To address the challenges of preserving born-digital collections across the Smithsonian, the Archives kicked off a survey of born-digital collections material at the Archives, the National Anthropological Archives, the Human Studies Film Archive, the National Air and Space Museum Archives, the Archives Center at the National Museum of American History, the Archives of American Art, and the National Museum of African American History and Culture to inventory and assess the condition of their born digital holdings.
The survey’s goals were to uncover hidden holdings, establish physical and intellectual control of born digital material, and to perform a baseline preservation assessment to strengthen collections care. Use of a shared methodology and metrics was chosen in order for the survey to serve as a foundation for future joint preservation initiatives and stewardship planning.
The survey commenced in 2012 with building an inventory of removable digital storage media accessioned at the different archives, and categorizing them by media type, age, and visible physical condition. Simultaneously the participating archives completed questionnaires that evaluated their perceived ability to manage these types of collections. Using the data from the first-phase inventory, a second grant was received in 2014 to complete the survey, perform risk analysis at the individual file level, and provide essential interventions to stabilize these fragile materials. The survey was fully completed in April 2015, and the resulting qualitative and quantitative insights are being incorporated into the collections stewardship planning at the participating archives and museums.
Hidden Collections and Intellectual Control
During the course of the survey, 6,613 new pieces of digital storage media containing 651,629 files were identified in more than 470 accessions across the participating units. These numbers were combined with SI Archives’ previously inventoried born digital material to arrive at a total in excess of 1.5 million files inventoried, assessed and placed under improved archival control.
As the digital content was identified and classified, each digital object was assessed for risk and stabilized. They were scanned for viruses, fixity values were established, backups were made into secure storage environments, and metadata was generated. In this way, a baseline of bit-level preservation for the newly described holdings was established across the participating archives. Risk level was categorized according to format and age as described in Figure 1. 81 percent of the content was assessed at a medium or low risk. 14 percent, or approximately 91,000 files, was found to be at severe risk, being either over 10 years old, or in an inaccessible format. Taken as a whole, risk was distributed as 14 percent Severe, 5 percent High, 43 percent Medium, and 38 percent Low:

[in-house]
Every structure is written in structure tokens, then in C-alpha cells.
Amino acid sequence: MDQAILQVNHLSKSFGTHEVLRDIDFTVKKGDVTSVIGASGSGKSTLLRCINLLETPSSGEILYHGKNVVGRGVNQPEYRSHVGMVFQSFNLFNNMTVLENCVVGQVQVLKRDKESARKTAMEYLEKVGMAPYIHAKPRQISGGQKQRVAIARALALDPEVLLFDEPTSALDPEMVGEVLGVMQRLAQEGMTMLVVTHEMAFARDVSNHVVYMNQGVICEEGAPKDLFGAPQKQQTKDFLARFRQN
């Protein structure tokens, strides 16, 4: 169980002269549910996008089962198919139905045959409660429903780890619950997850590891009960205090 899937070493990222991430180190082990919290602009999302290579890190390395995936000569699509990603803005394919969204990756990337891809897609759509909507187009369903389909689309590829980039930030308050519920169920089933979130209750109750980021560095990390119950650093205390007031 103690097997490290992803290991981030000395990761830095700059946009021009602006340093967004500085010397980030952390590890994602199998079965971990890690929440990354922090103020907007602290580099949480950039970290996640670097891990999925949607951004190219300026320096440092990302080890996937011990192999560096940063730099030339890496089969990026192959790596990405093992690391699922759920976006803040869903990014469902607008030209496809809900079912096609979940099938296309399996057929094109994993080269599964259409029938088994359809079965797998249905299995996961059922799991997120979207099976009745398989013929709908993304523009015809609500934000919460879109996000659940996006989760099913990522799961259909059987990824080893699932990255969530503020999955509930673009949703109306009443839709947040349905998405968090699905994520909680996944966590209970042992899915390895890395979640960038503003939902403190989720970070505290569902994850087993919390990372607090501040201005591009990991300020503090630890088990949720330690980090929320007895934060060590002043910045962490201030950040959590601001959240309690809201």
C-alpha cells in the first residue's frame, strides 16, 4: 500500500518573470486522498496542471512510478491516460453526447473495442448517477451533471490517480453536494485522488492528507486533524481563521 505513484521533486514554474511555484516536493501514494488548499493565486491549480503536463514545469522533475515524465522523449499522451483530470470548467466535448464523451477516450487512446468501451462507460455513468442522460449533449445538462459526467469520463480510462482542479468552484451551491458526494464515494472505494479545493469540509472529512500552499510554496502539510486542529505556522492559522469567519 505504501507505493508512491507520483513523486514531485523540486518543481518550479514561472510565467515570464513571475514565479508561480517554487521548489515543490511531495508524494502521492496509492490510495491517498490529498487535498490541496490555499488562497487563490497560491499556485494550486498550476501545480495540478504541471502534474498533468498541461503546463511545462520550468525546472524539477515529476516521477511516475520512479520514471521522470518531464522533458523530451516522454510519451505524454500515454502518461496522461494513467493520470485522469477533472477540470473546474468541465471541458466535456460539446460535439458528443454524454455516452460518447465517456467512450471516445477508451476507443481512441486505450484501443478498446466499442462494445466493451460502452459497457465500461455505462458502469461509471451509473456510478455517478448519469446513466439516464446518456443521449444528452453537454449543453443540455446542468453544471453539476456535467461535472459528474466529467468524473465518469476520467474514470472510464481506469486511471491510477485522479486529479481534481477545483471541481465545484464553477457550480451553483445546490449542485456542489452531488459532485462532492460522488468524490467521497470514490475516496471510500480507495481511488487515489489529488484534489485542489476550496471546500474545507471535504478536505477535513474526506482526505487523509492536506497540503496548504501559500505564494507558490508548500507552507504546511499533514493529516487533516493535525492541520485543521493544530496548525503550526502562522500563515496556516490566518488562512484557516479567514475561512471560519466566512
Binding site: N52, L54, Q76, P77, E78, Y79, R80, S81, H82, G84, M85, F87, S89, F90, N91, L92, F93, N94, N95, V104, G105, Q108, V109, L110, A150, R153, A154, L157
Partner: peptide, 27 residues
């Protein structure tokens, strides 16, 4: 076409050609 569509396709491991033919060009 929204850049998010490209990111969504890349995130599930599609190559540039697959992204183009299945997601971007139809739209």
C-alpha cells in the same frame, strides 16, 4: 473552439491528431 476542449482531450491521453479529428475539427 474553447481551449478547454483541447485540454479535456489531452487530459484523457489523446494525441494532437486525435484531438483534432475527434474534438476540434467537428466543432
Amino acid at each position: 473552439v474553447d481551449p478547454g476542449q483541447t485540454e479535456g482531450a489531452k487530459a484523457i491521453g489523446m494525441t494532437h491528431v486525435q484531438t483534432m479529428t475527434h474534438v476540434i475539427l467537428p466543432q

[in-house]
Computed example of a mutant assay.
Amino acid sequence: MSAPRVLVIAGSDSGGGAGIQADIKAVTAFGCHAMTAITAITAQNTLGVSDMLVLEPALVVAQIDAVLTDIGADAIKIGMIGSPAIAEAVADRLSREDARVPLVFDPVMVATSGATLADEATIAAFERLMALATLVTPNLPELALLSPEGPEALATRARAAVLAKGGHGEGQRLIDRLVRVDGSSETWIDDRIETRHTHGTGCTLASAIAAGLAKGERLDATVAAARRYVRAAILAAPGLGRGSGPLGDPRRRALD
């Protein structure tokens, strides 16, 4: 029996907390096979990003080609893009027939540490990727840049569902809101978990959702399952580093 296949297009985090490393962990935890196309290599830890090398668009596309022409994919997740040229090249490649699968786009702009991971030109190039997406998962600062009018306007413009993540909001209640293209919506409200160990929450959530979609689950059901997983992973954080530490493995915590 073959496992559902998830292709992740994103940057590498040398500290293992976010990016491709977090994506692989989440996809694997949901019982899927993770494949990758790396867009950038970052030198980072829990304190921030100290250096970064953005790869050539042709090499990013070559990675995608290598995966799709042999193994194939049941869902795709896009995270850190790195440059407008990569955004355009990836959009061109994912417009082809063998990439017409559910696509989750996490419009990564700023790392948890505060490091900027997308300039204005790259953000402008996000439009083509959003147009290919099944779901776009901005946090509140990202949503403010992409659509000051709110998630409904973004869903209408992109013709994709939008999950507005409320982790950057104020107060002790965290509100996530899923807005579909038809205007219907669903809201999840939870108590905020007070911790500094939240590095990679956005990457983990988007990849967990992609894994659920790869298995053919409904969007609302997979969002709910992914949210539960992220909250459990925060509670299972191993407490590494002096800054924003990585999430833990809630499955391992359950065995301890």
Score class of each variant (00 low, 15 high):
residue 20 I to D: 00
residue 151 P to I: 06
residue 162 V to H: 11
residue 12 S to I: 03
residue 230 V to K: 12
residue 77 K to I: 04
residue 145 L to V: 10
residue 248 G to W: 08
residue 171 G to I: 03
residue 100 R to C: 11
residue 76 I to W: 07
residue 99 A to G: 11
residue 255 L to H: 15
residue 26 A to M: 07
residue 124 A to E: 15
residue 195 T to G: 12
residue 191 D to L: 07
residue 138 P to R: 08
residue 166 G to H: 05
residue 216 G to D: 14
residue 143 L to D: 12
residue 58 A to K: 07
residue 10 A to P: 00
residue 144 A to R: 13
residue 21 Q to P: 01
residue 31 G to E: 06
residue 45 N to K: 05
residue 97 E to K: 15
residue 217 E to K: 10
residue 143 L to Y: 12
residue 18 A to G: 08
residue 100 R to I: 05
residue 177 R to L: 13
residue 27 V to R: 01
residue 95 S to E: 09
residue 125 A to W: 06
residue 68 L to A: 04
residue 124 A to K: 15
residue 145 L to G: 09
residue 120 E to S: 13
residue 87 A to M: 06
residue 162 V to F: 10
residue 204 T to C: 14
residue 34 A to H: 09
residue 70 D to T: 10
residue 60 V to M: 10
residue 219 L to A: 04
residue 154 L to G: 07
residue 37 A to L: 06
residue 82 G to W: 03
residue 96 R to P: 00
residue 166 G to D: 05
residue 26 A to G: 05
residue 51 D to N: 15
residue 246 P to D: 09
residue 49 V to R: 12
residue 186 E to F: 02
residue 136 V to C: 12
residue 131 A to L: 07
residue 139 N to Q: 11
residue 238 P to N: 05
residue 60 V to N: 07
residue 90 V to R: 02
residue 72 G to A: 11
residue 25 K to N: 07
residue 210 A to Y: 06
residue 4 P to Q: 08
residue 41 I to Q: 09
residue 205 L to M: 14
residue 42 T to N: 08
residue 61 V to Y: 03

- Severe (1) indicated files older than 10 years and whose format the participating archive was unable to access.
- High (2) indicated files younger than 10 years and whose format the participating archive was unable to access.
- Medium (3) indicated files older than ten years yet were in formats that the participating archive was able to access.
- Low (4) indicated files younger than ten years in formats that the participating archive was able to access.
In 2014, five universities co-published the results of a project entitled The Digital POWRR (Preserving Digital Objects With Restricted Resources) Project. It included particularly helpful ways to visualize the important elements of digital preservation. Placed in the context of the POWRR framework, the progress shown in the participating archives’ born digital collections stewardship between 2012 and 2015 is striking. Prior to the survey in 2012, the state of born digital holdings preservation and curation was significantly lacking as demonstrated by the absence of color in the chart below.
At the time of the survey conclusion in 2015, improvements had been accomplished in almost every category of the POWRR framework. As indicated by the increase in shading of the color blocks in the figure below, major gains were achieved across the participating archives in Ingest, Processing and Storage.
We are excited at the enduring effect this survey has had on the born digital holdings within Smithsonian collections and their stakeholders, as well as the stewardship community and the born digital advocacy it empowers.
- Disk Diving: A Born Digital Collections Survey at the Smithsonian, The Bigger Picture, Smithsonian Institution Archives
- The End of the Beginning: A Born Digital Survey at the Smithsonian Institution, The Bigger Picture, Smithsonian Institution Archives
- From Theory to Action: Good Enough Digital Preservation for Under-Resourced Cultural Heritage Institutions, Northern Illinois University